It seems to be working.  I’m well into the second year of my entrepreneurial adventure and we continue to pick up momentum. We are all eating.  Everyone has clothes. We are paying two mortgages. I’m having fun. And I couldn’t be happier. I feel like I was well prepared for the challenge.

That’s why I’m sharing the books I read in hopes that they will provide you with the same entrepreneurial foundation, confidence and motivation to make your own leap.

The books I read, in order.

  1. Rich Dad. Poor Dad.  Robert Kiyosaki51pG7v9PJQL

I had known about this book for a long time. But I thought it seemed hokey. Like attending a get-rich-quick seminar. But finally I bought a used copy and devoured it. My preconceptions were wrong.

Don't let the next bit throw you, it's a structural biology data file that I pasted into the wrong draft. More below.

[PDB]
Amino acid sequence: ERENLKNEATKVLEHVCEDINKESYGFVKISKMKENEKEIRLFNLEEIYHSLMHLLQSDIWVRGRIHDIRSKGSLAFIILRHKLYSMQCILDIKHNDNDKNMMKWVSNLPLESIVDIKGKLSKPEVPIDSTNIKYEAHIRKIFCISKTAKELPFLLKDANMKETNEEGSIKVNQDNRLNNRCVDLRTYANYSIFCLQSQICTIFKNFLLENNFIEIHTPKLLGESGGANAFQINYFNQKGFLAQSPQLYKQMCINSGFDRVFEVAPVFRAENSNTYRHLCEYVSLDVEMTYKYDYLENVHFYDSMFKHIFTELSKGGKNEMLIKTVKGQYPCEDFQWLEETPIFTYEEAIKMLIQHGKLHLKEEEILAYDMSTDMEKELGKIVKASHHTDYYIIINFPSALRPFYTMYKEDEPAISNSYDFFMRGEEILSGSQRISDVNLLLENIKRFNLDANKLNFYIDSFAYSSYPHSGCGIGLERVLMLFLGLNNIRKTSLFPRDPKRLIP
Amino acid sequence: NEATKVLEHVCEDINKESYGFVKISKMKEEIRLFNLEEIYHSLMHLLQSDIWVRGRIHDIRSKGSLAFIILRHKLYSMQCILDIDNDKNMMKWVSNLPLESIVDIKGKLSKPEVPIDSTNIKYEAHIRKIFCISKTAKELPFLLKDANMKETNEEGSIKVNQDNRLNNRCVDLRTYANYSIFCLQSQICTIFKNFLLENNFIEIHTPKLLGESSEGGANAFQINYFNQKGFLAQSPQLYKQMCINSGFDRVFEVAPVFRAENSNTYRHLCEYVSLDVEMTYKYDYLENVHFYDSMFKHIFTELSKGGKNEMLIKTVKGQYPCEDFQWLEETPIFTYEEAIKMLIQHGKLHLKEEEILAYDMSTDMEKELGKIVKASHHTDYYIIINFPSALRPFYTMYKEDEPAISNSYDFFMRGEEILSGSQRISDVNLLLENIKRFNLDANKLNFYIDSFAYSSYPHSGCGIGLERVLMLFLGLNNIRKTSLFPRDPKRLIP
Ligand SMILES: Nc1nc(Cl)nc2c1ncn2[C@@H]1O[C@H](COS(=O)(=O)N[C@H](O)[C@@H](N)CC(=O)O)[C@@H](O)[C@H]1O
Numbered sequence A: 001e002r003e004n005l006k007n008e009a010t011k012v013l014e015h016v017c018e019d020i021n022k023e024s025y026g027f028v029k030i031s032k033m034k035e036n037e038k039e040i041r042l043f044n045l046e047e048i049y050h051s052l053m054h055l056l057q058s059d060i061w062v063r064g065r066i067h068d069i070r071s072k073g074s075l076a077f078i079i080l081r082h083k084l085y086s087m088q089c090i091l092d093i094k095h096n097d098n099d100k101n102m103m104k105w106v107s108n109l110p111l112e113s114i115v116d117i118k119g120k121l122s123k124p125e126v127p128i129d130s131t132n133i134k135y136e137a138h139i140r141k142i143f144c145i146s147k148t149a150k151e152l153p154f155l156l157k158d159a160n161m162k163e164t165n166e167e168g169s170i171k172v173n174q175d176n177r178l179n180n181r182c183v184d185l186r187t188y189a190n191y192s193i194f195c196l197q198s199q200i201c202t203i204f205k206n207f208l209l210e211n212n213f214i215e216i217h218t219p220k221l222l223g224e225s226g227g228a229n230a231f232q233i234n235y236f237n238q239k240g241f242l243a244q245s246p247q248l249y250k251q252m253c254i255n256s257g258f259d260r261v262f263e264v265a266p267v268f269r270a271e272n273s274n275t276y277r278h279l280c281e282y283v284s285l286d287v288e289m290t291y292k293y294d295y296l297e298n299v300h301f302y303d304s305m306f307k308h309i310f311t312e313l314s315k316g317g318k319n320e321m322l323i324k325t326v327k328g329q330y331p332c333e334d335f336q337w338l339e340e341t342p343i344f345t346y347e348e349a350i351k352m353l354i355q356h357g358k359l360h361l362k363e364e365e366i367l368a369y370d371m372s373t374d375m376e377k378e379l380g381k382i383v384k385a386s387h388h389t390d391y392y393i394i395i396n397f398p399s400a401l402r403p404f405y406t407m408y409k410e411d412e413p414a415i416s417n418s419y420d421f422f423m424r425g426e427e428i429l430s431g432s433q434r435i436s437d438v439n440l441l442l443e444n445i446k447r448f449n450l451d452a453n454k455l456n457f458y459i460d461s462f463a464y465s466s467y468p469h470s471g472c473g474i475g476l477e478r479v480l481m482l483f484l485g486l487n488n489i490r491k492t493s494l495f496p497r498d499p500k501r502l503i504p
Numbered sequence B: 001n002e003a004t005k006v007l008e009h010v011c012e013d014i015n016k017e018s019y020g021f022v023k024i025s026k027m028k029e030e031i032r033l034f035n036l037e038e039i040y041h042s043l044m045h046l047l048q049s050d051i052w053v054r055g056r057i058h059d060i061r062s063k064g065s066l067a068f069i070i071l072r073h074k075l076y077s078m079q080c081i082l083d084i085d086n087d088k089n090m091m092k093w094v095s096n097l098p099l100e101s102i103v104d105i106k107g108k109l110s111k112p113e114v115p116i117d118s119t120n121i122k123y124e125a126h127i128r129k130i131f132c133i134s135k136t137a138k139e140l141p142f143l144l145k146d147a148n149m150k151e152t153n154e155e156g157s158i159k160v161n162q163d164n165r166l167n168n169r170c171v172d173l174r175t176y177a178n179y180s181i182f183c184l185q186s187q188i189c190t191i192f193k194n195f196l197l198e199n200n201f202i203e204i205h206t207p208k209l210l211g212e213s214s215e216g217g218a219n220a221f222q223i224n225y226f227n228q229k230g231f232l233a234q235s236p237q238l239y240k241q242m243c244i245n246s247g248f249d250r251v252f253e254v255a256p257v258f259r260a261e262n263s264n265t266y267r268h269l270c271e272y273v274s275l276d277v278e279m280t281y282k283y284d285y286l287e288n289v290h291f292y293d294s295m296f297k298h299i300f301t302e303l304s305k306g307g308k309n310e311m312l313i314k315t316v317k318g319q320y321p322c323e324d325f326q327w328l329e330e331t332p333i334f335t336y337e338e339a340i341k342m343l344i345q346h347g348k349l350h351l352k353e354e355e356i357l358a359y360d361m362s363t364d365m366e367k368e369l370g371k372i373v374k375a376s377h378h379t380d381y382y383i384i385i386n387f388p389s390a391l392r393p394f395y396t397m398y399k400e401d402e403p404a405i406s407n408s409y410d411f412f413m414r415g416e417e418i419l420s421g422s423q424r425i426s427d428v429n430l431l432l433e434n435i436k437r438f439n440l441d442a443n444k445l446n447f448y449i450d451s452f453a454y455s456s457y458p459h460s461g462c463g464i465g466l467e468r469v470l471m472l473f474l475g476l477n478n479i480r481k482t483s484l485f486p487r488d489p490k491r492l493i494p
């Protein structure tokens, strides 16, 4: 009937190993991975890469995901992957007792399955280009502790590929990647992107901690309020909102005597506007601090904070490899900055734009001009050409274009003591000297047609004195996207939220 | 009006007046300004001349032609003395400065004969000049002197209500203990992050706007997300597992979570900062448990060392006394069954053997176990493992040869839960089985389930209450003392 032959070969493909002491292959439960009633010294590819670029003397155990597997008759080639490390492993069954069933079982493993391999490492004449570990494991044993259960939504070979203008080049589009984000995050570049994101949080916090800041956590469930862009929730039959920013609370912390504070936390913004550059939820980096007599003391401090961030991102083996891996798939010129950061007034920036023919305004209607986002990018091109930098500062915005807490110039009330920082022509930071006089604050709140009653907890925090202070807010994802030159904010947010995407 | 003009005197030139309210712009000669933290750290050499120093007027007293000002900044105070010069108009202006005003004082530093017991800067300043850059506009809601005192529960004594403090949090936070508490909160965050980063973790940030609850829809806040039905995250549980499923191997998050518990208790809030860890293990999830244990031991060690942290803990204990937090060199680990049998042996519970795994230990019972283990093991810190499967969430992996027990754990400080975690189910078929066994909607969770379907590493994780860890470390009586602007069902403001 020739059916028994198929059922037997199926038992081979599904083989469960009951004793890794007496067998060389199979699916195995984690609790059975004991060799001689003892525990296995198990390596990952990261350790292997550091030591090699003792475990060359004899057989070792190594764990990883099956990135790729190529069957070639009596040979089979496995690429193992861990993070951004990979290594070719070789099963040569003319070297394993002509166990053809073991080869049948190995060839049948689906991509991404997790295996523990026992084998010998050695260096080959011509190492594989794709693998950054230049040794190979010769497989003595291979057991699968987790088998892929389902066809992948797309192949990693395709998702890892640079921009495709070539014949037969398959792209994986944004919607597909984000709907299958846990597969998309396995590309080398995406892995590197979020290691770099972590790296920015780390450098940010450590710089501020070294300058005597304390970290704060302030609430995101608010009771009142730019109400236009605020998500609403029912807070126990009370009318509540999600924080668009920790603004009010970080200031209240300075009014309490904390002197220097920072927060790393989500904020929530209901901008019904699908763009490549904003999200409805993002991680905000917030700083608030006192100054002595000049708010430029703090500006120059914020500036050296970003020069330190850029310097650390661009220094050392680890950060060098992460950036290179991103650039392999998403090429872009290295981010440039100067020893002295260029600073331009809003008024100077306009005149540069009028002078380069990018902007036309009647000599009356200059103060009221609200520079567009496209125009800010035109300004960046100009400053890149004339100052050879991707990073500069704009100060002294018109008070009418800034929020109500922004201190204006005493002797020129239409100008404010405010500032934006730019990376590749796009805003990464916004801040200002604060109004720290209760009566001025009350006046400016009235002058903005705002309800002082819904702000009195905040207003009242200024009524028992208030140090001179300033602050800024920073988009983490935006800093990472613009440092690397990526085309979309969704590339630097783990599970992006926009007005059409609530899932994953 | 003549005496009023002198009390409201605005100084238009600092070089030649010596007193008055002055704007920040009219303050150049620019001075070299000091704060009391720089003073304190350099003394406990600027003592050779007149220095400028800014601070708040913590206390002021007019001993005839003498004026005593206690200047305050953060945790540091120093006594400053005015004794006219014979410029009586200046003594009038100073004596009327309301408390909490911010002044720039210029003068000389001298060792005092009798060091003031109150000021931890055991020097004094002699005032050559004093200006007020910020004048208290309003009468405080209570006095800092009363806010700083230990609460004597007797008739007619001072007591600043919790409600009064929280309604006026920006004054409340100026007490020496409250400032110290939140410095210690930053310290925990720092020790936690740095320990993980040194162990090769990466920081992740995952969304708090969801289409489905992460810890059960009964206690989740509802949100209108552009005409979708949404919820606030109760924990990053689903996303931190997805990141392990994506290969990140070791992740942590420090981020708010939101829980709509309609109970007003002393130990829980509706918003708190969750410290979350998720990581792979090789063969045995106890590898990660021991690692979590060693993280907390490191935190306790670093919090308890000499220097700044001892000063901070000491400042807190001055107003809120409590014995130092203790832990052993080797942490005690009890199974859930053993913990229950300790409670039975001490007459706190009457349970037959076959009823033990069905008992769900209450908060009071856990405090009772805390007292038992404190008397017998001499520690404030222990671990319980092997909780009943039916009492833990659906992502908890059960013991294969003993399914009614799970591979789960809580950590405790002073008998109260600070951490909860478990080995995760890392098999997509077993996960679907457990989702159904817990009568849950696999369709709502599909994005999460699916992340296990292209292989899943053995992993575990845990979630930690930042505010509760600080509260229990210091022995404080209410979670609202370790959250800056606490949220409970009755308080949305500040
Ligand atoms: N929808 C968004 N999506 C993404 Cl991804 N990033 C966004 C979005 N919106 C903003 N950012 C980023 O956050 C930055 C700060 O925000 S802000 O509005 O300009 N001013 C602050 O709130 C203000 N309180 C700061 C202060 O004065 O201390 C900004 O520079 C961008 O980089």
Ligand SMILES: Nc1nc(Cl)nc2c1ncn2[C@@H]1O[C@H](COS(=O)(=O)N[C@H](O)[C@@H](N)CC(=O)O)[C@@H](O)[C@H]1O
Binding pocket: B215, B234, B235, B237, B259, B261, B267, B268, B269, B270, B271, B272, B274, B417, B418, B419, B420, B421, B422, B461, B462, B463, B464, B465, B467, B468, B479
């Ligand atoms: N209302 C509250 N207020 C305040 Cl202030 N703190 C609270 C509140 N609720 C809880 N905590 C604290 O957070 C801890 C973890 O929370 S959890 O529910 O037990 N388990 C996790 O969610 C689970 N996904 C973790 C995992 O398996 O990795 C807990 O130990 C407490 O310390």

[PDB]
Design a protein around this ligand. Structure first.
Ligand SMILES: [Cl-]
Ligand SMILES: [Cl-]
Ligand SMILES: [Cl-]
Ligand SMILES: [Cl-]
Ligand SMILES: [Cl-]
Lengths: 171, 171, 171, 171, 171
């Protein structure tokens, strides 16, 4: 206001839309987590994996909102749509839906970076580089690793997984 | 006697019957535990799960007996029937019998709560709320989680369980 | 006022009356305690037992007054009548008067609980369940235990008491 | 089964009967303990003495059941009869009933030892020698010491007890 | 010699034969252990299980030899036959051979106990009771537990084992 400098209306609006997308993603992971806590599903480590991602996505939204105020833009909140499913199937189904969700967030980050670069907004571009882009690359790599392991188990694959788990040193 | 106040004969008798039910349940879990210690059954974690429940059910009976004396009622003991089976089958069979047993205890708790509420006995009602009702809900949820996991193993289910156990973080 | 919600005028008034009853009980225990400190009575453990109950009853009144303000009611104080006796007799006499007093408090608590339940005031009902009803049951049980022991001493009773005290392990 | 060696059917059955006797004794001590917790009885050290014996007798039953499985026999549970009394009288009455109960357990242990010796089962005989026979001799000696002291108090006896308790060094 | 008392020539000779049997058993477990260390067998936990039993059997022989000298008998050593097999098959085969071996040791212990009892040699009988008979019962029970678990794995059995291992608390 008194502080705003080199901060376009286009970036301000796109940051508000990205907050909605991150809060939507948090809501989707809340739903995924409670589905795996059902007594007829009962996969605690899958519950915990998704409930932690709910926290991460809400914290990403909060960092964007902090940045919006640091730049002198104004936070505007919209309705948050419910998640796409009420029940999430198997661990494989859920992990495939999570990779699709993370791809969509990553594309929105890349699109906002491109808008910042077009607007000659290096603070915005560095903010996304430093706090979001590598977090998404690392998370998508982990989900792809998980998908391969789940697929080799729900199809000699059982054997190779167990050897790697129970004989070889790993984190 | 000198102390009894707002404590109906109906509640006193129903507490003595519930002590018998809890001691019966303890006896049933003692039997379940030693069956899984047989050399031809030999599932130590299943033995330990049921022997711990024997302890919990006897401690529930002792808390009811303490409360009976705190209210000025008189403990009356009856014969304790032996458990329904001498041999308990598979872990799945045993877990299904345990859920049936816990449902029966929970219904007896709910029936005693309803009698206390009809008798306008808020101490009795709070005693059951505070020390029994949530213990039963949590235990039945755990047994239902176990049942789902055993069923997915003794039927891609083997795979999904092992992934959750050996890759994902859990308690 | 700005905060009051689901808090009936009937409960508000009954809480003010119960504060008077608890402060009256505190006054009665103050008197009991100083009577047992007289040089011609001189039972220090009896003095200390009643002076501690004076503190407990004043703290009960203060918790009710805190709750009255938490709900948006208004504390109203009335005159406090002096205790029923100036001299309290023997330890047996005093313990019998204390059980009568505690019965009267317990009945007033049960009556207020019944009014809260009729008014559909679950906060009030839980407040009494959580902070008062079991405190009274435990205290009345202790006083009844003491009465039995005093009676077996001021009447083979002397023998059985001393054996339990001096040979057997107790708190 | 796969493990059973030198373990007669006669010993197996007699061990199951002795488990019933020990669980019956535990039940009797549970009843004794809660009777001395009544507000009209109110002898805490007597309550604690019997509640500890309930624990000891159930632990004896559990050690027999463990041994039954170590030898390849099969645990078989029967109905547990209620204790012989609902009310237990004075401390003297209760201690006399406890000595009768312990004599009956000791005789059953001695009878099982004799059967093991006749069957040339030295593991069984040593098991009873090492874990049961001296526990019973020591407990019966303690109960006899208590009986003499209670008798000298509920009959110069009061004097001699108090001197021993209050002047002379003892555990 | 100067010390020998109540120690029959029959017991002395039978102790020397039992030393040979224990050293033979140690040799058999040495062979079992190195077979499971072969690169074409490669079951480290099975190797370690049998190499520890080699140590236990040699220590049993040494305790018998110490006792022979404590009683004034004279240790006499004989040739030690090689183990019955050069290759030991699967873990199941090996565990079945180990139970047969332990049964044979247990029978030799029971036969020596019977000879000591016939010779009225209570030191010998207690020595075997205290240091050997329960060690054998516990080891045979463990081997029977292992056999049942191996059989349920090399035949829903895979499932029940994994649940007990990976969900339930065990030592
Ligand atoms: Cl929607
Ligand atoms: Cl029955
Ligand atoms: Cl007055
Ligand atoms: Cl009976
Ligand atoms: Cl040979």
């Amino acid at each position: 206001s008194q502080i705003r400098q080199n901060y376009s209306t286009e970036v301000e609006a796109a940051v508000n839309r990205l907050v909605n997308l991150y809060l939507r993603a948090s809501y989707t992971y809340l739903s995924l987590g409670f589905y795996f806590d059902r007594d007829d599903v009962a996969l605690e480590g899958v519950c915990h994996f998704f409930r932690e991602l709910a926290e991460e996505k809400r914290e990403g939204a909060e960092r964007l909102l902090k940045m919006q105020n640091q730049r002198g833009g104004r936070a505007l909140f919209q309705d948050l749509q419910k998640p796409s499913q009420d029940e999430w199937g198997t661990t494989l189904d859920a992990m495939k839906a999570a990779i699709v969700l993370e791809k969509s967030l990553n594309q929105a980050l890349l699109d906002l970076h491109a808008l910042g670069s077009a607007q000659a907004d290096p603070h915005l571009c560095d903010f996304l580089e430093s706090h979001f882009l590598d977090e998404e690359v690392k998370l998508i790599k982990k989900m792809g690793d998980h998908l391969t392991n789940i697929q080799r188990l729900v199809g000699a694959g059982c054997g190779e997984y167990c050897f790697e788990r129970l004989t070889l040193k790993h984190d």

It was amazingly insightful. It helped me recongize the difference between assets and liabilities. It shined a spotlight on the perils of working for someone else. And the advantages of owning your own business.  It made me see my skills as an asset that could create a business asset that could translate to significant wealth.  It was a great motivating first read. I’m now reading it to my children as a bedtime story. Seriously.

2. Call Me Ted. Ted Turner 518OfUMIYEL

I bought this as an audio book for $1. Ted Turner is ballsy, brash and innovative.  This book gave me a vision of how someone else had built their personal brand, recognized opportunities, taken progressively larger and larger chances, got creative with financing, changed the world and made a billion dollars along the way. It showed me that action is the simple differentiator between doers and dreamers. He also talks candidly about his shortcomings and failures in a way that make you feel like you don’t have to be perfect to be highly successful. Which is good, because I don’t want to give up my own personal shortcomings I’ve fought so hard to keep.